BACKGROUND Cholesterol efflux capacity (CEC) predicts cardiovascular disease independently of high-density lipoprotein (HDL) cholesterol levels. Isolated small HDL particles are potent promoters of macrophage CEC by the ABCA1 (ATP-binding cassette transporter A1) pathway, but the underlying mechanisms are unclear. METHODS We used model system studies of reconstituted HDL and plasma from control and lecithin-cholesterol acyltransferase (LCAT)–deficient subjects to investigate the relationships among the sizes of HDL particles, the structure of apoA1 (apolipoprotein A1) in the different particles, and the CECs of plasma and isolated HDLs. RESULTS We quantified macrophage and ABCA1 CEC of 4 distinct sizes of reconstituted HDL. CEC increased as particle size decreased. Tandem mass spectrometry analysis of chemically cross-linked peptides and molecular dynamics simulations of apoA1, the major protein of HDL, indicated that the mobility of C-terminus of that protein was markedly higher and flipped off the surface in the smallest particles. To explore the physiological relevance of the model system studies, we isolated HDL from LCAT-deficient subjects, the small HDLs (eg, reconstituted HDLs) of which are discoidal and composed of apoA1, cholesterol, and phospholipid. Despite their very low plasma levels of HDL particles, these subjects had normal CEC. In both the LCAT-deficient subjects and control subjects, the CEC of isolated extra-small HDL (a mixture of extra-small and small HDL by calibrated ion mobility analysis) was 3- to 5-fold greater than that of the larger sizes of isolated HDL. Incubating LCAT-deficient plasma and control plasma with human LCAT converted extra-small and small HDL particles into larger particles, and it markedly inhibited CEC. CONCLUSIONS We present a mechanism for the enhanced CEC of small HDLs. In smaller particles, the C-termini of the 2 antiparallel molecules of apoA1 are “flipped” off the lipid surface of HDL. This extended conformation allows them to engage with ABCA1. In contrast, the C-termini of larger HDLs are unable to interact productively with ABCA1 because they form a helical bundle that strongly adheres to the lipid on the particle. Enhanced CEC, as seen with the smaller particles, predicts decreased cardiovascular disease risk. Thus, extra-small and small HDLs may be key mediators and indicators of the cardioprotective effects of HDL.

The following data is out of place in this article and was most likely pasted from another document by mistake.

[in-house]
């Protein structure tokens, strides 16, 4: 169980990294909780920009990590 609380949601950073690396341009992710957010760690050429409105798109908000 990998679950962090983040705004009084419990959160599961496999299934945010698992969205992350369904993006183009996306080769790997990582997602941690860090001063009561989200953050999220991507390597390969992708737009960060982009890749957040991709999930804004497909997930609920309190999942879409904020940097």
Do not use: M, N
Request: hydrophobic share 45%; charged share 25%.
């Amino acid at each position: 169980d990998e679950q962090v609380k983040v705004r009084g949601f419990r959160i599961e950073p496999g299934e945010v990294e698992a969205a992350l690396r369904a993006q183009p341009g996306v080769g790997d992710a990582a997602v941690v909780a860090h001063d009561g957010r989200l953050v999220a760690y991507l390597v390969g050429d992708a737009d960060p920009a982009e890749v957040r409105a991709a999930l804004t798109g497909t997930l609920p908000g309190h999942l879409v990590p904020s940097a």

The development of virtual care options, including virtual hospital platforms, is rapidly changing the healthcare, mostly in the pandemic period, due to difficulties in in-person consultations. For this purpose, in 2020, a neurological Virtual Hospital (NOVHO) pilot study has been implemented, in order to experiment a multidisciplinary second opinion evaluation system for neurological diseases. Cerebrovascular diseases represent a preponderant part of neurological disorders. However, more than 30% of strokes remain of undetermined source, and rare CVD (rCVD) are often misdiagnosed. The lack of data on phenotype and clinical course of rCVD patients makes the diagnosis and the development of therapies challenging. Since the diagnosis and care of rCVDs require adequate expertise and instrumental tools, their management is mostly allocated to a few experienced hospitals, making difficult equity in access to care. Therefore, strategies for virtual consultations are increasingly applied with some advantage for patient management also in peripheral areas. Moreover, health data are becoming increasingly complex and require new technologies to be managed. The use of Artificial Intelligence is beginning to be applied to the healthcare system and together with the Internet of Things will enable the creation of virtual models with predictive abilities, bringing healthcare one step closer to personalized medicine. Herein, we will report on the preliminary results of the NOVHO project and present the methodology of a new project aimed at developing an innovative multidisciplinary and multicentre virtual care model, specific for rCVD (NOVHO-rCVD), which combines the virtual hospital approach and the deep-learning machine system.